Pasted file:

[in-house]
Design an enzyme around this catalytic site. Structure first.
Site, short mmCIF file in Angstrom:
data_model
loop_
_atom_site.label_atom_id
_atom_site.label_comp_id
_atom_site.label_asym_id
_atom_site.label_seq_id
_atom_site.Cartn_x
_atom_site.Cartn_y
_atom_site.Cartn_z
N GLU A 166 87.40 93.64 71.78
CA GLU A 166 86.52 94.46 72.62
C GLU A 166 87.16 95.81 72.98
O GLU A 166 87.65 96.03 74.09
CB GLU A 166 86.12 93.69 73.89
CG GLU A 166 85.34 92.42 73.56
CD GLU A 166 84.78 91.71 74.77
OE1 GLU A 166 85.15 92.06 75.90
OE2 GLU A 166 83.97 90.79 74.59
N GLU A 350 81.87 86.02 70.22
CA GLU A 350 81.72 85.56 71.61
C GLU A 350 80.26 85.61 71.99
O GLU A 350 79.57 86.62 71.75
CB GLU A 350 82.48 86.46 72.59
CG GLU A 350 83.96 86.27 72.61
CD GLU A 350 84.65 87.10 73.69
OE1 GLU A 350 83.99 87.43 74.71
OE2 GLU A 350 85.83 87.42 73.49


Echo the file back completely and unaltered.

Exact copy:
[in-house]
Design an enzyme around this catalytic site. Structure first.
Site, short mmCIF file in Angstrom:
data_model
loop_
_atom_site.label_atom_id
_atom_site.label_comp_id
_atom_site.label_asym_id
_atom_site.label_seq_id
_atom_site.Cartn_x
_atom_site.Cartn_y
_atom_site.Cartn_z
N GLU A 166 87.40 93.64 71.78
CA GLU A 166 86.52 94.46 72.62
C GLU A 166 87.16 95.81 72.98
O GLU A 166 87.65 96.03 74.09
CB GLU A 166 86.12 93.69 73.89
CG GLU A 166 85.34 92.42 73.56
CD GLU A 166 84.78 91.71 74.77
OE1 GLU A 166 85.15 92.06 75.90
OE2 GLU A 166 83.97 90.79 74.59
N GLU A 350 81.87 86.02 70.22
CA GLU A 350 81.72 85.56 71.61
C GLU A 350 80.26 85.61 71.99
O GLU A 350 79.57 86.62 71.75
CB GLU A 350 82.48 86.46 72.59
CG GLU A 350 83.96 86.27 72.61
CD GLU A 350 84.65 87.10 73.69
OE1 GLU A 350 83.99 87.43 74.71
OE2 GLU A 350 85.83 87.42 73.49